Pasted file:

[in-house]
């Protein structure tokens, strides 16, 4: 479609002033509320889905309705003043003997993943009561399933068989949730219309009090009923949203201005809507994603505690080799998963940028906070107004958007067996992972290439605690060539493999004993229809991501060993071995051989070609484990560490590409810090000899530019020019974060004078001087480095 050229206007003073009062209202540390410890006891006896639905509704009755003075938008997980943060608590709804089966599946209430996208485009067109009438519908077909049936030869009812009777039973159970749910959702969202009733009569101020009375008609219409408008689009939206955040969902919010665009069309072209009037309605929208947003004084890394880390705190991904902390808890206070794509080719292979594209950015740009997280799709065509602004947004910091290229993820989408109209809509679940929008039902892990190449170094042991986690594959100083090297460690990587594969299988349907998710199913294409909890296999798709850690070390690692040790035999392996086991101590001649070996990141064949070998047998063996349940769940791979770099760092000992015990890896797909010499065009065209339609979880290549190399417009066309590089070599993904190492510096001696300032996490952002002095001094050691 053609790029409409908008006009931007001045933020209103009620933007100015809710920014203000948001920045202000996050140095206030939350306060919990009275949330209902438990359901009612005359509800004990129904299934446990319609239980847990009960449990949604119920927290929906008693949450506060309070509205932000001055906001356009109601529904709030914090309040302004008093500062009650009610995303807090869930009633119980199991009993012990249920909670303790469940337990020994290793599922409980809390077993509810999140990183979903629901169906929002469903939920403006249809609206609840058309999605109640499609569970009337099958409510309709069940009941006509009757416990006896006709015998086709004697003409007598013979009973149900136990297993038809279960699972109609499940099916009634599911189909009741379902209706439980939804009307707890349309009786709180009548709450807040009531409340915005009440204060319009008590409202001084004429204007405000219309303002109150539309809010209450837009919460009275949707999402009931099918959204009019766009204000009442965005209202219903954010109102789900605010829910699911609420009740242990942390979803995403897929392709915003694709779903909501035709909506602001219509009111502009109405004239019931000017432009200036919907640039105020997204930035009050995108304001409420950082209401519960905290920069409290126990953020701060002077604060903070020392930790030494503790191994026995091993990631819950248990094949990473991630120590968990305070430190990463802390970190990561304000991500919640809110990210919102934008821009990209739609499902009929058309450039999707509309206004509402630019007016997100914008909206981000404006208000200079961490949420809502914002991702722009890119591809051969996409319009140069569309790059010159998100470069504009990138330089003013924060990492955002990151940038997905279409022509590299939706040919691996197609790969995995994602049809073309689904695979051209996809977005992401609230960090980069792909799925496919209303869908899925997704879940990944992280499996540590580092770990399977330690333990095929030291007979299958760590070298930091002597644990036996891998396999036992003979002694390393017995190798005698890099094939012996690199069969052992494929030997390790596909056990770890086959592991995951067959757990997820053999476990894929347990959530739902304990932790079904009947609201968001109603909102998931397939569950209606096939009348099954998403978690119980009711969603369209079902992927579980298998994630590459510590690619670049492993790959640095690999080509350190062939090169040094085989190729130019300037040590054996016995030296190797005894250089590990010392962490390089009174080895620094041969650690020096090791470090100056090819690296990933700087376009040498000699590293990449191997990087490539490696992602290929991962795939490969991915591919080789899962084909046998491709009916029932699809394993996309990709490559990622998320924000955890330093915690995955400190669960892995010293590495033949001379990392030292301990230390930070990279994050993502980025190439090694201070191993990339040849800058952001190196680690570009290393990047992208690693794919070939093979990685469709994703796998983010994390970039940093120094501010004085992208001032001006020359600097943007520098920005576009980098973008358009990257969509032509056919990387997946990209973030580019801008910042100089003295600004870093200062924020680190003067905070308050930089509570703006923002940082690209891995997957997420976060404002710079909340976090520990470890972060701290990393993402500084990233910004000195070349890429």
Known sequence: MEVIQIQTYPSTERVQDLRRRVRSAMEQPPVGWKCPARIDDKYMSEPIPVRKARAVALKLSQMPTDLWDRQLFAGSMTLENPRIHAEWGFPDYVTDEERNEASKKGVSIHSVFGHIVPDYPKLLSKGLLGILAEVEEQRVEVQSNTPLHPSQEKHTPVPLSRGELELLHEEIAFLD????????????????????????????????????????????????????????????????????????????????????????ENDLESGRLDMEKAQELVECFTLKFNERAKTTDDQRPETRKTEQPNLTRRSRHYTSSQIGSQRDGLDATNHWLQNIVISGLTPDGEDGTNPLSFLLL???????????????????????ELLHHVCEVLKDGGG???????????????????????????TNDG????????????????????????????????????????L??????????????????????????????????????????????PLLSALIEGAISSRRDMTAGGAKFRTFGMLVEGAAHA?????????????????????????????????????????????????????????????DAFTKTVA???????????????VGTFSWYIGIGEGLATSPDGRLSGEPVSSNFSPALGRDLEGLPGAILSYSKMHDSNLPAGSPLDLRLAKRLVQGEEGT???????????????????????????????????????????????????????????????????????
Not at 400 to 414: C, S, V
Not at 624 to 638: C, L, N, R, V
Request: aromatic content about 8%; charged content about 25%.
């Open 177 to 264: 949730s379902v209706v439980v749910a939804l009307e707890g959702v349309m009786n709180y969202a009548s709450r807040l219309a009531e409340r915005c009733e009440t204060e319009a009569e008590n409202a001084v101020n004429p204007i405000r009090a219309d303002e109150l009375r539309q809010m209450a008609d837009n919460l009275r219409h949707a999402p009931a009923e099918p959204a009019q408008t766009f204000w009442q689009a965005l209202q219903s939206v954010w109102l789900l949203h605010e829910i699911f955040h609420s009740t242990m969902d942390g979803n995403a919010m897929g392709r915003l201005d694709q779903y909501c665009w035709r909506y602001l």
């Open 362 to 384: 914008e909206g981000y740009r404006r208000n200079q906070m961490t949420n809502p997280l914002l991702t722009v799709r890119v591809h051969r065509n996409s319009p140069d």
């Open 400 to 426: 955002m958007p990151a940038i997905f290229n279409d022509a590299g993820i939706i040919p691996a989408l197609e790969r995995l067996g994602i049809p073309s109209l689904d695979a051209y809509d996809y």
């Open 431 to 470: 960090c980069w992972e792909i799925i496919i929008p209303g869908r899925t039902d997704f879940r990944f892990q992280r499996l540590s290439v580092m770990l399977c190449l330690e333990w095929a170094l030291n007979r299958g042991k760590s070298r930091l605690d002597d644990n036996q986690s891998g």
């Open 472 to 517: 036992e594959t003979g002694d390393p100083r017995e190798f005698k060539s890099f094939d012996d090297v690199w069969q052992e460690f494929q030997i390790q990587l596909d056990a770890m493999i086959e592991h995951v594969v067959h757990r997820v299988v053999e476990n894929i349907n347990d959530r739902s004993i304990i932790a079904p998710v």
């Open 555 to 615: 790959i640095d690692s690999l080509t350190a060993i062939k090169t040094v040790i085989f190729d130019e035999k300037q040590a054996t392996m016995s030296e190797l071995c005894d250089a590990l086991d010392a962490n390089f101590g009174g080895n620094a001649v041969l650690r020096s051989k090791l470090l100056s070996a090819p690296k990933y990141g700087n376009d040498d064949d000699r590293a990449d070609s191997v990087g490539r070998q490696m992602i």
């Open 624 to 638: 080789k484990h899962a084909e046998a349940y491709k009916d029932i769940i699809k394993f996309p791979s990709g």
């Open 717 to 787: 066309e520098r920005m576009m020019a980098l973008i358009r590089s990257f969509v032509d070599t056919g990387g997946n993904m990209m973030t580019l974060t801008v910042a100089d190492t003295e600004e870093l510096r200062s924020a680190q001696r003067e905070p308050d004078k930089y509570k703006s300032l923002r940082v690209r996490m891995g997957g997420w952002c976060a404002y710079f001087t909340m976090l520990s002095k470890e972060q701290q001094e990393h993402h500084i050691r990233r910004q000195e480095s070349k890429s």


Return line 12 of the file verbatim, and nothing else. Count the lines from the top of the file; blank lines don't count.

């Open 555 to 615: 790959i640095d690692s690999l080509t350190a060993i062939k090169t040094v040790i085989f190729d130019e035999k300037q040590a054996t392996m016995s030296e190797l071995c005894d250089a590990l086991d010392a962490n390089f101590g009174g080895n620094a001649v041969l650690r020096s051989k090791l470090l100056s070996a090819p690296k990933y990141g700087n376009d040498d064949d000699r590293a990449d070609s191997v990087g490539r070998q490696m992602i």